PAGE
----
Web Inspirations

Web Inspirations for Anyone, Anytime, Anywhere

Mar 6, 2008

All the Joy You Need

Thomas Aquinas once said, "No one can live without joy." But many people try. And the reason is often simply because they don't know how to be happy! They are so intent on the three P's - power, prosperity and prestige - that they miss out on joy.

Try to imagine this picture. It is a photograph taken by Henri Cartier-Bresson, who pioneered modern photography as an art form during the early decades of the 20th Century. He became known for his photographs of apparent contradictions: pictures that left mysteries unexplained.

One of his famous photographs was shot in a poor section of Spain in the 1930s. The picture depicts a run-down alley surrounded by decaying walls, strewn with rubble randomly stacked in thick piles lying on the street, and riddled with bullet holes dotting gray walls. The setting alone evokes feelings of sadness and despair.

But then...the contradiction. Within the grim alley children are playing. They wear dirty and tattered clothes, as one might expect in such a setting, but like playing children everywhere, they laugh with carefree joy. In the foreground, a tiny boy on crutches hobbles away from two other boys, his face lit up with a broad grin. One boy is laughing so hard he has to hold his side. Others lean on the cracked walls, beaming with delight.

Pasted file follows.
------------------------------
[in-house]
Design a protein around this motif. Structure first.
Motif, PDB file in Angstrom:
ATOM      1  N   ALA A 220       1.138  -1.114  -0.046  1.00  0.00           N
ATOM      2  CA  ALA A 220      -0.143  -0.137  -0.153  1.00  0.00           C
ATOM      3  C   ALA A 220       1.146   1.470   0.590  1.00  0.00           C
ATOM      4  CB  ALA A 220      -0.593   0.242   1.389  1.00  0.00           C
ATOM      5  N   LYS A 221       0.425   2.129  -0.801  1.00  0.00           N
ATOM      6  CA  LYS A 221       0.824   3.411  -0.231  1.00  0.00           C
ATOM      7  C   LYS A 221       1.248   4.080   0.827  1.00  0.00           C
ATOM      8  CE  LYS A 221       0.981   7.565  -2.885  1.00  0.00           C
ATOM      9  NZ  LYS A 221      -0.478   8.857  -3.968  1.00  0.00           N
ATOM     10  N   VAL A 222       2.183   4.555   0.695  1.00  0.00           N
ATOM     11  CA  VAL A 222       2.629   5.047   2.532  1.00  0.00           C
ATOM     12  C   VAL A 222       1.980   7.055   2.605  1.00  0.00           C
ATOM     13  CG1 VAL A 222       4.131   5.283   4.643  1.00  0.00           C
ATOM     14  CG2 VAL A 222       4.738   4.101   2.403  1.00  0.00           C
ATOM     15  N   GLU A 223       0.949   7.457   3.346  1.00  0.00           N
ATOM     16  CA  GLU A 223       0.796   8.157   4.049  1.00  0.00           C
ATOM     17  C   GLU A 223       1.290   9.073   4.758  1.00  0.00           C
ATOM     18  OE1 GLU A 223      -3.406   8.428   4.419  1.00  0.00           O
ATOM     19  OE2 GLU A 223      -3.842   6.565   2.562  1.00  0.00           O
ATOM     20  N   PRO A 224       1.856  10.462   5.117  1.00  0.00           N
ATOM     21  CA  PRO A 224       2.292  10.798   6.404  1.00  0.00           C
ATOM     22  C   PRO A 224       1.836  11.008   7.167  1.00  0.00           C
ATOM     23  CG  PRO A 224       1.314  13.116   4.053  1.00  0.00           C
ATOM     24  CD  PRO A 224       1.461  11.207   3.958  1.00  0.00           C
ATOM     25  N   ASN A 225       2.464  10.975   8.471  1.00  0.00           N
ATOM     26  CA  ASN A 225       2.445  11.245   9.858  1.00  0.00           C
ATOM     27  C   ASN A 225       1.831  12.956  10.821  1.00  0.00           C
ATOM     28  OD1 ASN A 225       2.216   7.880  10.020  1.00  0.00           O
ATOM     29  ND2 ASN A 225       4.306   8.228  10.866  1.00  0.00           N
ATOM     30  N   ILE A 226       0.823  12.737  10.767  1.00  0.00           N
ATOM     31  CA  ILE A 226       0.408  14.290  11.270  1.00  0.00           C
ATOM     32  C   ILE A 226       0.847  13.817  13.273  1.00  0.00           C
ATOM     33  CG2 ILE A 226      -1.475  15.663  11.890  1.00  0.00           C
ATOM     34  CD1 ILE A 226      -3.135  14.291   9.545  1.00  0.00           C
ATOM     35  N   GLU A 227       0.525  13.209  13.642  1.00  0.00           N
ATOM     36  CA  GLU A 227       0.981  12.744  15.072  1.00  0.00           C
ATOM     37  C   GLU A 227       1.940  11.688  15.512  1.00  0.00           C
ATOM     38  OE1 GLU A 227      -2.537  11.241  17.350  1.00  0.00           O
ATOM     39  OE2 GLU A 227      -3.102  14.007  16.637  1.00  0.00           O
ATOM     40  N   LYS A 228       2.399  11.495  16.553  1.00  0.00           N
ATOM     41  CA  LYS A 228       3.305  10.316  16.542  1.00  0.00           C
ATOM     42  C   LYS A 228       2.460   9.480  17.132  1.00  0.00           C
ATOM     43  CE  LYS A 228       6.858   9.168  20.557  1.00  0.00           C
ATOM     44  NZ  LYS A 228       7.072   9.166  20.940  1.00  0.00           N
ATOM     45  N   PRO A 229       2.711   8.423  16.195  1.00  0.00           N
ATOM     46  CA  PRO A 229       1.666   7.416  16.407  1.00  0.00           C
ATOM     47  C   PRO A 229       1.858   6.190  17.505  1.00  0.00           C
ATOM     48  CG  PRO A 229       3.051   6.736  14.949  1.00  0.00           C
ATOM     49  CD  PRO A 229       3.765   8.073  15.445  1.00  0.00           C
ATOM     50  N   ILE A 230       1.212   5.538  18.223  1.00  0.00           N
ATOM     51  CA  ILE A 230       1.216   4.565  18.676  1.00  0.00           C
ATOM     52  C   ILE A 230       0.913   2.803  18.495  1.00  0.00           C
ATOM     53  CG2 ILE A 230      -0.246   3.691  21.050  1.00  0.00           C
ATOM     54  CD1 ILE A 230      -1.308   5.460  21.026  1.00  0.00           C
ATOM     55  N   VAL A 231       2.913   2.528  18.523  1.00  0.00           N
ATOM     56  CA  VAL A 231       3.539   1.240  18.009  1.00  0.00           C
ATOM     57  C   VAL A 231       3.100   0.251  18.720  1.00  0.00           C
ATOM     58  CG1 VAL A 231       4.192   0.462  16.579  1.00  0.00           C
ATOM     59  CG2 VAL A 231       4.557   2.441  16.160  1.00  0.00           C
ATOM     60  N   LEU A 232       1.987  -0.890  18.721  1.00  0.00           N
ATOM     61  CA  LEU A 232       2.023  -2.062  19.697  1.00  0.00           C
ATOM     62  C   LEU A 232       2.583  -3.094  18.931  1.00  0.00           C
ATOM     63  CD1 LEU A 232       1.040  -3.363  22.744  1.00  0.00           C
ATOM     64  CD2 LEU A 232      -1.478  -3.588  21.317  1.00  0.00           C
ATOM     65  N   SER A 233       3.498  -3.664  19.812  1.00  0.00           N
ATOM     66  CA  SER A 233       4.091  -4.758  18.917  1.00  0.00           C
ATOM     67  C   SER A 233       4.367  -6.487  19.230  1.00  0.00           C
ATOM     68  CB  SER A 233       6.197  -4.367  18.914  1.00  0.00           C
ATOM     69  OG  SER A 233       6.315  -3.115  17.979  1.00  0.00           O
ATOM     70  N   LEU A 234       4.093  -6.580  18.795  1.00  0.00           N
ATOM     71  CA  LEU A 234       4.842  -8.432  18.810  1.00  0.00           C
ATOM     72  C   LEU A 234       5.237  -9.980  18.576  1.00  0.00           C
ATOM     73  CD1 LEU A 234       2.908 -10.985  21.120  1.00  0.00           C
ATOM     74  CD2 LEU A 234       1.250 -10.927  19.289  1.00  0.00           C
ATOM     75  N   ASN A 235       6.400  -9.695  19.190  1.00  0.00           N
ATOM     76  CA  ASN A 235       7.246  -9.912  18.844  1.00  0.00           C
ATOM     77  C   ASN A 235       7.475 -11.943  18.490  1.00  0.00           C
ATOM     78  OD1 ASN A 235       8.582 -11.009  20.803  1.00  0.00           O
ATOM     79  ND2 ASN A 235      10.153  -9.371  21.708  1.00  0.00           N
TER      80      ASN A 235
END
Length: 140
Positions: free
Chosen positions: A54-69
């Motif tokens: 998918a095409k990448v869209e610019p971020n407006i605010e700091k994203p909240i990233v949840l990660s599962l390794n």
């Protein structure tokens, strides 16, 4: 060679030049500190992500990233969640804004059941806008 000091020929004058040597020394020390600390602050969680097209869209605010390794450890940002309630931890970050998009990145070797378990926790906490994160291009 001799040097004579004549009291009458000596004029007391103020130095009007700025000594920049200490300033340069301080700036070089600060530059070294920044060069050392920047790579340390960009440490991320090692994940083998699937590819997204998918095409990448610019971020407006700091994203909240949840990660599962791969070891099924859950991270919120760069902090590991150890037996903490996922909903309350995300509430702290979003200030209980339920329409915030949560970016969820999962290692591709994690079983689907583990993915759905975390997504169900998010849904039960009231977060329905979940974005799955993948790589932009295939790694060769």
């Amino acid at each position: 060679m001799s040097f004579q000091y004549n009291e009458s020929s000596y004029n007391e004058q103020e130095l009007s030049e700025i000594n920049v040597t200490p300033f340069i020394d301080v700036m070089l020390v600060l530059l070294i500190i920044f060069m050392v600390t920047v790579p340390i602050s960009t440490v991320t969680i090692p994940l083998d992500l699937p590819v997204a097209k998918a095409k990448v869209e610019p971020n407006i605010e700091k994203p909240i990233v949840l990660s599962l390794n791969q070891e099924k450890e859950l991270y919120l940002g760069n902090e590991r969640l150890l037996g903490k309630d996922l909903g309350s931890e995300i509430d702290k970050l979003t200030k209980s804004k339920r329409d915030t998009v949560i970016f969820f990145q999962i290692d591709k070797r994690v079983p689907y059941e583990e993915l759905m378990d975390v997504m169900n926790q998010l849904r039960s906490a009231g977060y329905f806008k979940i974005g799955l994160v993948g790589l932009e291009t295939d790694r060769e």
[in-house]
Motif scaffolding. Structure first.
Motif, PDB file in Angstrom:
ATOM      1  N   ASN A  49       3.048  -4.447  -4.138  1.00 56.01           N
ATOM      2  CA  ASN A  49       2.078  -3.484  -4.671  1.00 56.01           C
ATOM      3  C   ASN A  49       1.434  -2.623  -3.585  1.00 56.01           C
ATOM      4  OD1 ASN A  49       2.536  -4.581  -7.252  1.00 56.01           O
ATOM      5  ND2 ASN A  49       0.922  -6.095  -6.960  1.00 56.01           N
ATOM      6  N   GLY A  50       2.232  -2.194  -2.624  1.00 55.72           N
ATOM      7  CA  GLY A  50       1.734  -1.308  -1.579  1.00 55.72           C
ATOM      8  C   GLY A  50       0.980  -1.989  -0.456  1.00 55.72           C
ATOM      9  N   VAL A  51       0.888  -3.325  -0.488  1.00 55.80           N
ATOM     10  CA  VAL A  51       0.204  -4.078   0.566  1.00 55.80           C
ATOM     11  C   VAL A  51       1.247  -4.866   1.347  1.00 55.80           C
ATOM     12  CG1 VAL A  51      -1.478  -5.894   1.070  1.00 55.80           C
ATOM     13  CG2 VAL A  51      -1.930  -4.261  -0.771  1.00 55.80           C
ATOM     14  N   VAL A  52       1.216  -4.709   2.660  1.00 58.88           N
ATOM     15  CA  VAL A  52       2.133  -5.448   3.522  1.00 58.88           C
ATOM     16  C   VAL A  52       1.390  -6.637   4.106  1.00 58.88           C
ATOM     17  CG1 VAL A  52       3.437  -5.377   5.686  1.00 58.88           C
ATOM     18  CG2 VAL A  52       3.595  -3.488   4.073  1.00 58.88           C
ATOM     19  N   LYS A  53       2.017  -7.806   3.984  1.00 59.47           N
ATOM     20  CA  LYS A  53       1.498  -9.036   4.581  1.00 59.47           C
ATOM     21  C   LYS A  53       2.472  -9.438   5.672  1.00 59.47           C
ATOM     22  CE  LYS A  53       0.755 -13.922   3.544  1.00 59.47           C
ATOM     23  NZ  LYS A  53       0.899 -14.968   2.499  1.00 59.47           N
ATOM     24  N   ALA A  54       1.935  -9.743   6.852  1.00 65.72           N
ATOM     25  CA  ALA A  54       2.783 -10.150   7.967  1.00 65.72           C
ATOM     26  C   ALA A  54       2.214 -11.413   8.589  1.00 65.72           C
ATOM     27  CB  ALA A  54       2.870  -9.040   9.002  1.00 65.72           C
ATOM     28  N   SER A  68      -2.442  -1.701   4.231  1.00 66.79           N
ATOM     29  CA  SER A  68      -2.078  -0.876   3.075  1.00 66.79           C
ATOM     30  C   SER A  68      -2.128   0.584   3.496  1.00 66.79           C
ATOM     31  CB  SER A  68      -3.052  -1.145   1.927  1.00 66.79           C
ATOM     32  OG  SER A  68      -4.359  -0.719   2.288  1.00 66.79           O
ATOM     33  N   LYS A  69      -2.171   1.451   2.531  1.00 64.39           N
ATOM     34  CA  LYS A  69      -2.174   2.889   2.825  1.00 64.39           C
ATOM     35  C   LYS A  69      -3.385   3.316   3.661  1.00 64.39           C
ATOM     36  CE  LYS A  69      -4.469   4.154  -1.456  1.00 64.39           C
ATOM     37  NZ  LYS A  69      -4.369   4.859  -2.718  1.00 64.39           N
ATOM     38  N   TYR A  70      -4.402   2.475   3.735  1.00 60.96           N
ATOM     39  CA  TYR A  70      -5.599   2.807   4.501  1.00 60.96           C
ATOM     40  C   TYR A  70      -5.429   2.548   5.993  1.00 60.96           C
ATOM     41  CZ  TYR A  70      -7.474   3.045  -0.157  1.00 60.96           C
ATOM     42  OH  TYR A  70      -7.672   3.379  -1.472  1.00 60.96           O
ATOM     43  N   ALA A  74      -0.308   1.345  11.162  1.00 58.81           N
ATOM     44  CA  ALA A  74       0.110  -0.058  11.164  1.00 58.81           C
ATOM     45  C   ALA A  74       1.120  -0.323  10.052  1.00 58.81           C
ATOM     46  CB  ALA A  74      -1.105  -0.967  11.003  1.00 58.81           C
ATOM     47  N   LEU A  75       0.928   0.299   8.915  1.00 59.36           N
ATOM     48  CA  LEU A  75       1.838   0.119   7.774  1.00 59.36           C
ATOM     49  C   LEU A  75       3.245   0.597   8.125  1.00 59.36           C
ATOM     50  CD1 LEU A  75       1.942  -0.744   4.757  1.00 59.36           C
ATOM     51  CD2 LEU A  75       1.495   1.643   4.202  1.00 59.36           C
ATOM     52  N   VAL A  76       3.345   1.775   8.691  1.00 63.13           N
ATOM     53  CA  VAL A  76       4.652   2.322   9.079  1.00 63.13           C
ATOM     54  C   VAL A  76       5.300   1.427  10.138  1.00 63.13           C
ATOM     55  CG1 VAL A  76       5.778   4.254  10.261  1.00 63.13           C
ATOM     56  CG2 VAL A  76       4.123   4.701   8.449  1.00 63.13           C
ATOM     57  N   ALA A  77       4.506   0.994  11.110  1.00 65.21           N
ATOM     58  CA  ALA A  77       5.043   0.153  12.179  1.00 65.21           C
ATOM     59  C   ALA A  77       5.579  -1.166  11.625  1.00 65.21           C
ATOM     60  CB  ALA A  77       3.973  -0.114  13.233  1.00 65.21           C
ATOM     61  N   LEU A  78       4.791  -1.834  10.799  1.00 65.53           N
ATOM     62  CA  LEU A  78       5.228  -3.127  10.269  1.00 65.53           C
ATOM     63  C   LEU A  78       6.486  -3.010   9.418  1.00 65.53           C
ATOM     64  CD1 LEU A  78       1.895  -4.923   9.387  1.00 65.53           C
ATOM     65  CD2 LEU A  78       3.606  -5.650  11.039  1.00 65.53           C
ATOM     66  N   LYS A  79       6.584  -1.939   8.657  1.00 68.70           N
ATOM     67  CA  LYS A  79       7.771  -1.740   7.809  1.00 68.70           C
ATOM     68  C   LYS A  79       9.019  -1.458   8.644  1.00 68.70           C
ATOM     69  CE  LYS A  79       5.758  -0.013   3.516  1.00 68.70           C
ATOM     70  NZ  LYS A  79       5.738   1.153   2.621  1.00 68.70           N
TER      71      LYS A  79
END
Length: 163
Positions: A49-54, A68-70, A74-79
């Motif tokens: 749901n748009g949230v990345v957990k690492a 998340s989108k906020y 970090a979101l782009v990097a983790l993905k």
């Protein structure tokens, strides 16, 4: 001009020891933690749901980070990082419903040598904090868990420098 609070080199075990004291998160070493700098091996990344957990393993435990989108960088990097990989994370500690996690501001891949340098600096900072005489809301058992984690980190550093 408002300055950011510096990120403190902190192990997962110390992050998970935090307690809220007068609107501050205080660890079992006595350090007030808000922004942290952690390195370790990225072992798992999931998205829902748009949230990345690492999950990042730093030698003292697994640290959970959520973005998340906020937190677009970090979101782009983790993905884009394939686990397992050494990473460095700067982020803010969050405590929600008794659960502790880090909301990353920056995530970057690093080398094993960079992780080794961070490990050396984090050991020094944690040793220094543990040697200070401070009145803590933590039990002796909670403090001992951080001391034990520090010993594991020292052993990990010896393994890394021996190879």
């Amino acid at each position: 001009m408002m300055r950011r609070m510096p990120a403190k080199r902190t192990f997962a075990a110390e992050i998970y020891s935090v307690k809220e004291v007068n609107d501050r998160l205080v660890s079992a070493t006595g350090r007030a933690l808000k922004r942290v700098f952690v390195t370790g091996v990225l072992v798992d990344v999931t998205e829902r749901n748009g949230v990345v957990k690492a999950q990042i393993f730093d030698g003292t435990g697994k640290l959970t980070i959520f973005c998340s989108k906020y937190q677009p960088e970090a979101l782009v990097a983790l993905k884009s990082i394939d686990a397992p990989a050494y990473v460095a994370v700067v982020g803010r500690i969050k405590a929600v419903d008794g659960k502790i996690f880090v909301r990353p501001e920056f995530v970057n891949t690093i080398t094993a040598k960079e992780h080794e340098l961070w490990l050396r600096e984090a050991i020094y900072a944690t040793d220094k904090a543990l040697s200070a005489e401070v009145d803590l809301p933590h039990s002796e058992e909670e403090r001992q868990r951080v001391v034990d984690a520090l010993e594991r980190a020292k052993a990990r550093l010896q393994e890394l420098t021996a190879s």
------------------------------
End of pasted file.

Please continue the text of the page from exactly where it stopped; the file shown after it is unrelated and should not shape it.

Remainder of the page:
It is easy to spot the contrast - and the point. Joy amidst the rubble of life. Laughter amongst life's ruins.

We cannot avoid pain, however hard we try. But we can avoid joy. We cannot escape hardship and trouble, but we can miss out on much of life's peace and laughter.

If you feel as if you could use more joy, try this:

* Spend time daily doing something you enjoy.
* Do those things that bring inner peace.
* Learn to laugh heartily and frequently.
* Cultivate an attitude of hope.
* Fill each day with as much love as it can possibly hold.

You'll still have plenty of problems, but through it all, you'll find all you joy you will ever need.

-- Steve Goodier

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